Ideas: What is digital currency and what does it mean for the future?

If you’ve followed financial news at all over the past decade, there’s a good chance you’ve come across stories about the latest in the realm of digital currencies. Whether you have pondered about the price of a Bitcoin, wondered what ethereum is, or tried to work out how a digital euro differs from a regular euro, it’s likely you have grappled with the idea of a digital currency in some way. However, while digital currencies were just taking their baby steps in the 2010s, we’re going to see them reach a new level of importance as the new decade rolls on. As technology advances, the world becomes more connected, and more aspects of our daily lives are played out online, they will certainly have a huge role to play.

A digital currency is a currency that only exists electronically or digitally — it has no physical form. You can only access them using an electronic device, such as a smartphone, computer, tablet, or smartwatch. There are a few types of digital currency and their uses can differ.

As digital currency only exists electronically, it requires an electronic device and a connection to the internet (or the network it’s present on) to be transacted. Realistically, they can be used anywhere you can get online, whereas regular currency is limited by physical ownership.

And, because they have no physical form, digital currencies can be transferred much more quickly and easily. Payment can be sent across the world instantaneously provided both parties are using the same network for the currency. In addition, as the majority are (currently) not issued by a government as legal tender, they can be sent over borders with less restriction.

In most cases, a digital currency requires no intermediary — which means there’s no middle man like a bank or clearing house — making them an inexpensive way to transact. Records of all transactions can also be easily logged, which makes record keeping easier and increases transparency.

You can use a digital currency to buy goods and pay for services wherever they are accepted. There are some types, however, that can only be used within certain boundaries and aren’t transferrable. For example, an online casino may have “chips” that you buy into and can’t take out unless you carry out an exchange back into regular money. Some social networks and communities have their own digital currency too, such as Reddit “coins” or Twitch “bits”.

There are three types of digital currency: central bank digital currency (CBDC), virtual currency, and cryptocurrency. However, it’s important to remember this is a fast-paced area of technology, so there may be new types of currency that emerge in the years to come.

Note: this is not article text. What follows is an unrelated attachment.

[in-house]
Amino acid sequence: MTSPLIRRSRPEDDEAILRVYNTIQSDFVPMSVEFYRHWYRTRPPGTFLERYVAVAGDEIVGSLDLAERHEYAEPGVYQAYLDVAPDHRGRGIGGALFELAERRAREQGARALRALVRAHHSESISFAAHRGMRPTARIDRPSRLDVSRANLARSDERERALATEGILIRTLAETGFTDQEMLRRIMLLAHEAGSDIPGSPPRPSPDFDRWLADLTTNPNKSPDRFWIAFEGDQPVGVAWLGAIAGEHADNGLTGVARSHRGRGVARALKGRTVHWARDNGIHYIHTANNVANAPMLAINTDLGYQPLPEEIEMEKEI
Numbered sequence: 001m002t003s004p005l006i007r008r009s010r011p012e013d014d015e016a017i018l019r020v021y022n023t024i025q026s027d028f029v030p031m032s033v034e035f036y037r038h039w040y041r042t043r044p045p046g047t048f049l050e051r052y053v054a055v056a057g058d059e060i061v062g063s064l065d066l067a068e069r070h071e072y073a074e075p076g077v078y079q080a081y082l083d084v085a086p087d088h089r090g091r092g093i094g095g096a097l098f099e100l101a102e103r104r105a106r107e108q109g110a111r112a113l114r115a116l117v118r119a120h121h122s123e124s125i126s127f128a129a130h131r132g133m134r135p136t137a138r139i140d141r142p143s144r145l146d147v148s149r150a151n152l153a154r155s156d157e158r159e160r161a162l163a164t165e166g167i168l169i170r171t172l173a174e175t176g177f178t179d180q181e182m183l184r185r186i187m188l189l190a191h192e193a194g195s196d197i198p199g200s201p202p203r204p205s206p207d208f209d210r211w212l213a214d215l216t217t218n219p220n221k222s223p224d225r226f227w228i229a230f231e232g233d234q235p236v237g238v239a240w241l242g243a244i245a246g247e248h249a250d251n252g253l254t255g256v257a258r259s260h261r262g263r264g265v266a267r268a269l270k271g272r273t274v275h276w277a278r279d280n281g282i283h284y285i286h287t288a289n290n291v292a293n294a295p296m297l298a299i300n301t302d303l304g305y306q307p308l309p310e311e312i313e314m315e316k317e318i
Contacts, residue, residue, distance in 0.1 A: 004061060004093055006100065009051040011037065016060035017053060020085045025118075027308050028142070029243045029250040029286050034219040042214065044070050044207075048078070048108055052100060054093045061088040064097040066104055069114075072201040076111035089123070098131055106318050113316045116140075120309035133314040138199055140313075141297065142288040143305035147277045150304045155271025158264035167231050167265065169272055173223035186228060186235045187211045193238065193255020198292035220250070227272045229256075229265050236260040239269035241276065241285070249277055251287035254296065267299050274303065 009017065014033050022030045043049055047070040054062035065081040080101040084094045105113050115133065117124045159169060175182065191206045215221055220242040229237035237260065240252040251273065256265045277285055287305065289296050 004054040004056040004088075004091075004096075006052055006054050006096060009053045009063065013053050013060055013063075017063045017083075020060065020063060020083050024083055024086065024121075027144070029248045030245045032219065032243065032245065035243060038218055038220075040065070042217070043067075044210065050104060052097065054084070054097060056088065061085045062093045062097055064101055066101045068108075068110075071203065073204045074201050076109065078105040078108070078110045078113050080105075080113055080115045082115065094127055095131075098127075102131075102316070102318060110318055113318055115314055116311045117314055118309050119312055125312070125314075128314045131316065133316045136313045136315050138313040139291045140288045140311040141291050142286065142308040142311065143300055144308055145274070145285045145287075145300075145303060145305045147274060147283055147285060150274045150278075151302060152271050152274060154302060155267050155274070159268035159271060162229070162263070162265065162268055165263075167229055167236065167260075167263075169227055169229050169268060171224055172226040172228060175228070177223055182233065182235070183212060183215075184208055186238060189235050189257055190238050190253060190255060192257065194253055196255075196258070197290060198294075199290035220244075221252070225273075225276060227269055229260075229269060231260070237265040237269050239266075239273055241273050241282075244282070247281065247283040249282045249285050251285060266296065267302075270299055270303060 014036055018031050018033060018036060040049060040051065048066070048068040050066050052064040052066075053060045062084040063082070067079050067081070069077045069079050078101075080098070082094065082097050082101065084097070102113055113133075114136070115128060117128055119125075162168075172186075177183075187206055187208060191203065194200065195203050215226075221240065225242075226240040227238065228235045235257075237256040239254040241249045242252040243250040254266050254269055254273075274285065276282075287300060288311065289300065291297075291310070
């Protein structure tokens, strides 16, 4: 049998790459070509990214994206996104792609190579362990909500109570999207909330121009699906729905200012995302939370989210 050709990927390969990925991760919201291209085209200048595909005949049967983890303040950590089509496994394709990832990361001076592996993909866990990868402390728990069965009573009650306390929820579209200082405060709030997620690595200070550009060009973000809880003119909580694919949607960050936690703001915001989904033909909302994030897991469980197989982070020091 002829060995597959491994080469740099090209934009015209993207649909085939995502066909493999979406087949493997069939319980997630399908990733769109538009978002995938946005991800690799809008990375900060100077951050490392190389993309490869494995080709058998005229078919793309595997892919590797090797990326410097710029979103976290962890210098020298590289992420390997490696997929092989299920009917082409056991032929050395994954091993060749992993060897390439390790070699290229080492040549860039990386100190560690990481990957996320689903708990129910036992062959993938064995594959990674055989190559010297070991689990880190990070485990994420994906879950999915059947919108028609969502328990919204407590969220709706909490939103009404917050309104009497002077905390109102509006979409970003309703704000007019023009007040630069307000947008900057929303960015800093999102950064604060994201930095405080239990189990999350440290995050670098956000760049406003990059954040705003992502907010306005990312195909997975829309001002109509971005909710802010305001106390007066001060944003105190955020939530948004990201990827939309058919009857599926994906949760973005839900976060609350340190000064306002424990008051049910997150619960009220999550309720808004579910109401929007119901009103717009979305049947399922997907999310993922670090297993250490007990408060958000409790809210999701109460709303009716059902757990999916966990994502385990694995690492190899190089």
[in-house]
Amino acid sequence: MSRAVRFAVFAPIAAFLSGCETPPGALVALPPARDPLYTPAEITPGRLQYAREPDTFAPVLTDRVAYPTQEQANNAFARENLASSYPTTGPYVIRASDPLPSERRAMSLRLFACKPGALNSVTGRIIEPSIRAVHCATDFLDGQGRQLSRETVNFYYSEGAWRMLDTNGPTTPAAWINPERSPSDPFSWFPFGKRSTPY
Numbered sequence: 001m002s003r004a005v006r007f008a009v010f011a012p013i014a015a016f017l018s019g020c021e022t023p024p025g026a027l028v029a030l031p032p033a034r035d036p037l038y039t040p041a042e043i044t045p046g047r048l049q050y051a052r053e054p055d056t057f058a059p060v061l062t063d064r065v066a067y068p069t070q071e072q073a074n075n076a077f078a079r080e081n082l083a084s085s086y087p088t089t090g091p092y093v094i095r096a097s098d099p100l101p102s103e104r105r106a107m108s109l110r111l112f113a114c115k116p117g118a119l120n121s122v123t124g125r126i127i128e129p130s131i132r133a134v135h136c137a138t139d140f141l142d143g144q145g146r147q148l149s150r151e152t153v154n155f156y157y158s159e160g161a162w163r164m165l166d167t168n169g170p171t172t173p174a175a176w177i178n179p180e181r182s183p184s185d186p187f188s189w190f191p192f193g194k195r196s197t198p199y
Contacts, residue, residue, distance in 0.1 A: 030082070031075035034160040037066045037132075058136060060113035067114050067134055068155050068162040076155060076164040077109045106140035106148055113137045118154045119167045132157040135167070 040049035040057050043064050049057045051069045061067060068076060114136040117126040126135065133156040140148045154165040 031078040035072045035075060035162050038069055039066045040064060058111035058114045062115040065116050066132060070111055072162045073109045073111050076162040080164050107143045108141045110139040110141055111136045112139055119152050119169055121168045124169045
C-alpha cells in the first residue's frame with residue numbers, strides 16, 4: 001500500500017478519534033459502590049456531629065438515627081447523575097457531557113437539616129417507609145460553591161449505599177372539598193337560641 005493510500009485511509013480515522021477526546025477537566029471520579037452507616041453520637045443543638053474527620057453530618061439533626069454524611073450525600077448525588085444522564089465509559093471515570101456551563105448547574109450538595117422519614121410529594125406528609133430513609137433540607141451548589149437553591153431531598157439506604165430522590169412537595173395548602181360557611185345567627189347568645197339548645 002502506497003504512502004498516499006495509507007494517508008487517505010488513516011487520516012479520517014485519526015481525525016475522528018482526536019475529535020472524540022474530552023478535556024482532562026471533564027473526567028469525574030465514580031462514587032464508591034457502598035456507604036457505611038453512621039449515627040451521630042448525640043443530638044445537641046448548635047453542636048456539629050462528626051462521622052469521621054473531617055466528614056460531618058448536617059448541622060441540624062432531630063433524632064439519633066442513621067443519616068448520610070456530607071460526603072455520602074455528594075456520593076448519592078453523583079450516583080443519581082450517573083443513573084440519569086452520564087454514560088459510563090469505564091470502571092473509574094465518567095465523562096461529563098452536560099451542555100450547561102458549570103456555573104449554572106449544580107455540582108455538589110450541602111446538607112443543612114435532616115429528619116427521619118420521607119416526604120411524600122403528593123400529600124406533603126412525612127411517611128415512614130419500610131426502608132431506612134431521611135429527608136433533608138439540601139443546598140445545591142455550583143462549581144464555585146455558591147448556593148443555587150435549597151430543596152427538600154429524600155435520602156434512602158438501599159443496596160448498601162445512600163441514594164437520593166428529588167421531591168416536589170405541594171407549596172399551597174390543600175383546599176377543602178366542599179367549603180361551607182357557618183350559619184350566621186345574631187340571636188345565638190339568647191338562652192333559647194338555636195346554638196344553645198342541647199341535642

A central bank digital currency is a digital currency that has been issued by a central bank. Though they only really exist as a concept at the moment, there are many countries that are discussing plans to create digital versions of their national currency.

A virtual currency is any type of unregulated digital currency that is issued and controlled by those who developed it, rather than a central authority (like a CBDC). It’s only stored through certain software, apps, or digital wallets, and any transactions take place online through safe, dedicated networks. Cryptocurrencies can be considered a subset of virtual currencies, as they aren’t centrally controlled, but not all virtual currencies use cryptography, the defining feature of cryptocurrencies.

A cryptocurrency is a type of digital currency that is created and managed through cryptography technology. Through the use of a blockchain (a shared, public ledger of transactions) each coin’s movement is accounted for, which maintains its security and authenticity, as well as helping to regulate the creation of new units of currency. This is carried out over a peer-to-peer network that allows the blockchain to fully track each individual coin.

At the time of writing, there aren’t any countries that have launched a fully-fledged digital currency that is backed by a central bank (making it a CBDC). There are a few nations that are in the process of testing or soft-launching versions of their currency, but no-one has committed to fully putting the nation’s finances online. There are also a number of countries that are said to be seriously discussing the idea, with initial plans being drawn up to launch in the next few years.

If a number of nations establish their own digital currencies, we may see a transformation in the global economy that alters a great deal, from how businesses transact to where we buy currency for holidays.

For cryptocurrencies, the future is slightly less clear. They seem set to remain on the bleeding edge of digital currency technology at present, but there is tremendous potential for them to see more widespread use if interest continues to grow. Alternatively, there’s the possibility that any bubble bursting could shake the industry so hard it destroys faith, setting back the technology by years. Having said all that, cryptocurrency could easily remain on the fringes in the next decade.

At this moment in time, we’re living in a period of transition when it comes to currency. While many in the UK still use cash to pay for things on a daily basis, it is in decline: its use fell by 15 per cent and it accounted for only one in four payments in 2019 (UK Finance). There is also a lot of speculation that the COVID-19 pandemic will have forced many people out of the habit of using physical money.

So, with a greater number of people having to adjust to paying without cash over the past year, will digital currency become a big part of the future? When you consider that the world is becoming more digitised and technology is keeping us connected 24-hours a day, it seems that the answer is an inevitable yes. But just how they will change our lives remains to be seen.